It wasn’t just her family and neighbors in Parole spending time downtown. It was residents from the Old Fourth Ward. When that Black enclave was consumed by urban renewal in the 1950s and ’60s, residents scattered to public housing on the city’s edges and beyond. Easy access to downtown was taken away from them.
“You don’t have any of that anymore,” Pindell Charles said.
Today, the places that once were Jenkins, Wilkens and Read’s are home to a French restaurant, a silver jewelry store, and a clothing store that advertises itself as “ultimate preppy.”
There’s nothing wrong with that. Change is the life of a city. But that's not Pindell Charles’ point.
Downtown businesses today just don’t offer anything she or the people she represents want.
It is also not someplace where they work. There aren't many Black Annapolitans working in downtown restaurants and shops. Hispanic residents of Pindell Charles' ward are there, often as the backbone of kitchens.
That was different once, too.
When Pindell Charles was a girl, her aunt started cleaning shelves in a downtown clothing store and soon “promoted herself” to saleswoman. Family and friends not only bought what they needed downtown but saw people they knew behind the counter.
The demise of downtown Annapolis as a retail center for city residents is a twice-told tale.
Sears moved to Parole 60 years ago. Woodward & Lothrop, Shoetown and Magruder’s drew shoppers away from downtown. La Rosa Restaurant – which served the first pizza in Annapolis just after World War II – soon followed its customers away from Main Street.
It wasn’t unique to Annapolis. Nor was what followed, dubbed by critics the “Banana Republicanization” of downtown Annapolis in the 1970s and ’80s.
When tourists discovered the charms of City Dock and downtown Annapolis, stores and restaurants popped up to serve them as they visited for a day or a weekend. Look at Alexandria, Virginia, to see the same thing.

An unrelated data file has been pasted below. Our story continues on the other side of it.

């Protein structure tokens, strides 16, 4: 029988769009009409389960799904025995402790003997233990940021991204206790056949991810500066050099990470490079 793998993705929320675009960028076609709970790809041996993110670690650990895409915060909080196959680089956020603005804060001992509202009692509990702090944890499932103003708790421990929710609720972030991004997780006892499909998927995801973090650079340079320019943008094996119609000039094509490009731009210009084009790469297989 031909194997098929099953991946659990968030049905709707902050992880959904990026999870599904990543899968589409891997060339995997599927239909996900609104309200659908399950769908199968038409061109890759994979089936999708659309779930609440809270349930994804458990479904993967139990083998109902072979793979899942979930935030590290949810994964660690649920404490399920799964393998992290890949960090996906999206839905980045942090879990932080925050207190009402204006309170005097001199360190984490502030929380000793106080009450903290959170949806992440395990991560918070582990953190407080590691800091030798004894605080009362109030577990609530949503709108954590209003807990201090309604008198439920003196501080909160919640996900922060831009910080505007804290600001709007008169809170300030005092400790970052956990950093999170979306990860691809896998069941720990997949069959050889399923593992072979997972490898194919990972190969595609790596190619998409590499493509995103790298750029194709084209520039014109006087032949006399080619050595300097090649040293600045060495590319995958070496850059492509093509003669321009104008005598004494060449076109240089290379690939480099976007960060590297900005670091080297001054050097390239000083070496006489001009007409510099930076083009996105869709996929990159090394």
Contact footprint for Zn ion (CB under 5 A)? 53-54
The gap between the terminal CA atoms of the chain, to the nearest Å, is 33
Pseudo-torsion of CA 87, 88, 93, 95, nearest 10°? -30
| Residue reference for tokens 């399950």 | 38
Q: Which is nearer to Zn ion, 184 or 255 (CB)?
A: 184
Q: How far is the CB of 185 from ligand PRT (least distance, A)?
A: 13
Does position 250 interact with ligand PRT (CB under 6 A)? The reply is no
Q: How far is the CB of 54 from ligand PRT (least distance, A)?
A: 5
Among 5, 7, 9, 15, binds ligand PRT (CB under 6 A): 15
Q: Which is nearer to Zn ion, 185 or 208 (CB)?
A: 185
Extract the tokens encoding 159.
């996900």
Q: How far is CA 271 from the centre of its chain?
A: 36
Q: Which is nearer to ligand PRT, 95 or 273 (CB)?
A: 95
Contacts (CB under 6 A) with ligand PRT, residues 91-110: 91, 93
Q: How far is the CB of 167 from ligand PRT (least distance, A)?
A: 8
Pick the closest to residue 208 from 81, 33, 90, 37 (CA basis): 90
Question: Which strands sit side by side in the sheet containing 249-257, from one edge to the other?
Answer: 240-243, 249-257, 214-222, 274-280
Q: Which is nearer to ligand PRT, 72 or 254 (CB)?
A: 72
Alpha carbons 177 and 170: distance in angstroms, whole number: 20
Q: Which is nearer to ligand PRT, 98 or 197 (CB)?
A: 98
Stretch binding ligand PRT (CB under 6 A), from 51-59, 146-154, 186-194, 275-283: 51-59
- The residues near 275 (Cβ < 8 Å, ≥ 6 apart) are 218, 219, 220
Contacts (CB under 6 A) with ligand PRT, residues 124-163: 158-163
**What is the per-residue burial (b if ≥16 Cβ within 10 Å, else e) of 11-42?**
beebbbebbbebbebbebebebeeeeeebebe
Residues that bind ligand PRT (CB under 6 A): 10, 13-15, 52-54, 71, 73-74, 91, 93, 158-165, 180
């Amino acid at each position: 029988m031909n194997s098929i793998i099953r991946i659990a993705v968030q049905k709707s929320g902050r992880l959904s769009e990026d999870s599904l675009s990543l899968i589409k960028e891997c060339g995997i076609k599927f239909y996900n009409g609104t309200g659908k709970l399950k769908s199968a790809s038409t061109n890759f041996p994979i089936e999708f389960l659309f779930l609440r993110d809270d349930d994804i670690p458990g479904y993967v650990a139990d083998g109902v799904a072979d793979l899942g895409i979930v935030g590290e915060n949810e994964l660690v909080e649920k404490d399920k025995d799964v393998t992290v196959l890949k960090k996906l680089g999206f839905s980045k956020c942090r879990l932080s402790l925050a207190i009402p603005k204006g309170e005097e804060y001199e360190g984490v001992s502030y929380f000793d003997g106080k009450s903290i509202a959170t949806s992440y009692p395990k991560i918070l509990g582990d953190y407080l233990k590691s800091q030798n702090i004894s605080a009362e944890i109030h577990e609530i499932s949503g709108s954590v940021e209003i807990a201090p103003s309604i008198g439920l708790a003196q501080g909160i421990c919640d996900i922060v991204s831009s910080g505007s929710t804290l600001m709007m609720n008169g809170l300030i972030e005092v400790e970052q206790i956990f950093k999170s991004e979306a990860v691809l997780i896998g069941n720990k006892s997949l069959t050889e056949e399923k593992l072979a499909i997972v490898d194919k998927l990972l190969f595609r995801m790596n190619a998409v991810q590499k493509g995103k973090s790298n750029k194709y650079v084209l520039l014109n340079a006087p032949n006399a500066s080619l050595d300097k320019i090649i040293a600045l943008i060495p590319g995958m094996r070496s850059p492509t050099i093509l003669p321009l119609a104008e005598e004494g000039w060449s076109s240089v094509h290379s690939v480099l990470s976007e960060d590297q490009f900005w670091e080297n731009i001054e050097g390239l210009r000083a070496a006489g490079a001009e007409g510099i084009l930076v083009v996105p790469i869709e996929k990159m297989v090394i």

Many of the businesses that arrived were chains that saw their customers as white America. As customers and businesses changed, so did the people who considered downtown Annapolis to be theirs.
Sidewalks and stores became much less diverse because the people walking and shopping there were predominantly white tourists.
Black residents of Annapolis were doing the same thing many white locals did by the 1990s, shopping at Hecht’s, eating in the mall food court and mostly ignoring downtown as a place to shop because there were too many tourists. They just weren't replaced by Black tourists.
So, Black families, who fought to open segregated Annapolis businesses just decades earlier, lost interest once those businesses shifted focus to tourism.
Tony Spencer knows all that.
He’s a history-conscious man. Spencer has written about how his family founded Freetown, a community of freed Black people established after the Civil War 15 miles north of Annapolis. He was one of the first Black firefighters in Annapolis.
Now a member of the Maryland Commission on African American History and Culture, he was downtown Saturday for the museum ceremony. He echoes what others say about why more Black tourists don’t visit downtown Annapolis. They don't think it's for them.
“They don’t feel welcome,” he said.
There’s been a monument to the story of the Black American family at City Dock for three decades, but Alex Haley and Kunta Kinte can’t do it alone. Those smiling faces posing for selfies sitting next to the Pulitzer Prize-winning author of “Roots: The Saga of an American Family” are predominately white.